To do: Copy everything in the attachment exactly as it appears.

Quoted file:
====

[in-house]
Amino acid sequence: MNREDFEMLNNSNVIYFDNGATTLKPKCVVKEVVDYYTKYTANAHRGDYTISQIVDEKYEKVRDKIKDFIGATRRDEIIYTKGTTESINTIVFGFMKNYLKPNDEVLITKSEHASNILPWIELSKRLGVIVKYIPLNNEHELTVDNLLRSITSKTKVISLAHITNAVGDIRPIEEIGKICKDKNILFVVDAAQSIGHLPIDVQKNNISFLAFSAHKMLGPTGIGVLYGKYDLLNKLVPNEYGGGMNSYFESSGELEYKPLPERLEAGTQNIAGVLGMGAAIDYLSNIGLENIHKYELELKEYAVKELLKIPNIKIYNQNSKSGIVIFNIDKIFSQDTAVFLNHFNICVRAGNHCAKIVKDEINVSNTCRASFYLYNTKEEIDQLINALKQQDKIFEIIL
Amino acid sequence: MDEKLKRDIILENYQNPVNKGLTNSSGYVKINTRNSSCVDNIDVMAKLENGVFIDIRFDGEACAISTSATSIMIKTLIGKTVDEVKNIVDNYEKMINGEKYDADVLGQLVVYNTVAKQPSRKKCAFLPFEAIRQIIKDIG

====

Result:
[in-house]
Amino acid sequence: MNREDFEMLNNSNVIYFDNGATTLKPKCVVKEVVDYYTKYTANAHRGDYTISQIVDEKYEKVRDKIKDFIGATRRDEIIYTKGTTESINTIVFGFMKNYLKPNDEVLITKSEHASNILPWIELSKRLGVIVKYIPLNNEHELTVDNLLRSITSKTKVISLAHITNAVGDIRPIEEIGKICKDKNILFVVDAAQSIGHLPIDVQKNNISFLAFSAHKMLGPTGIGVLYGKYDLLNKLVPNEYGGGMNSYFESSGELEYKPLPERLEAGTQNIAGVLGMGAAIDYLSNIGLENIHKYELELKEYAVKELLKIPNIKIYNQNSKSGIVIFNIDKIFSQDTAVFLNHFNICVRAGNHCAKIVKDEINVSNTCRASFYLYNTKEEIDQLINALKQQDKIFEIIL
Amino acid sequence: MDEKLKRDIILENYQNPVNKGLTNSSGYVKINTRNSSCVDNIDVMAKLENGVFIDIRFDGEACAISTSATSIMIKTLIGKTVDEVKNIVDNYEKMINGEKYDADVLGQLVVYNTVAKQPSRKKCAFLPFEAIRQIIKDIG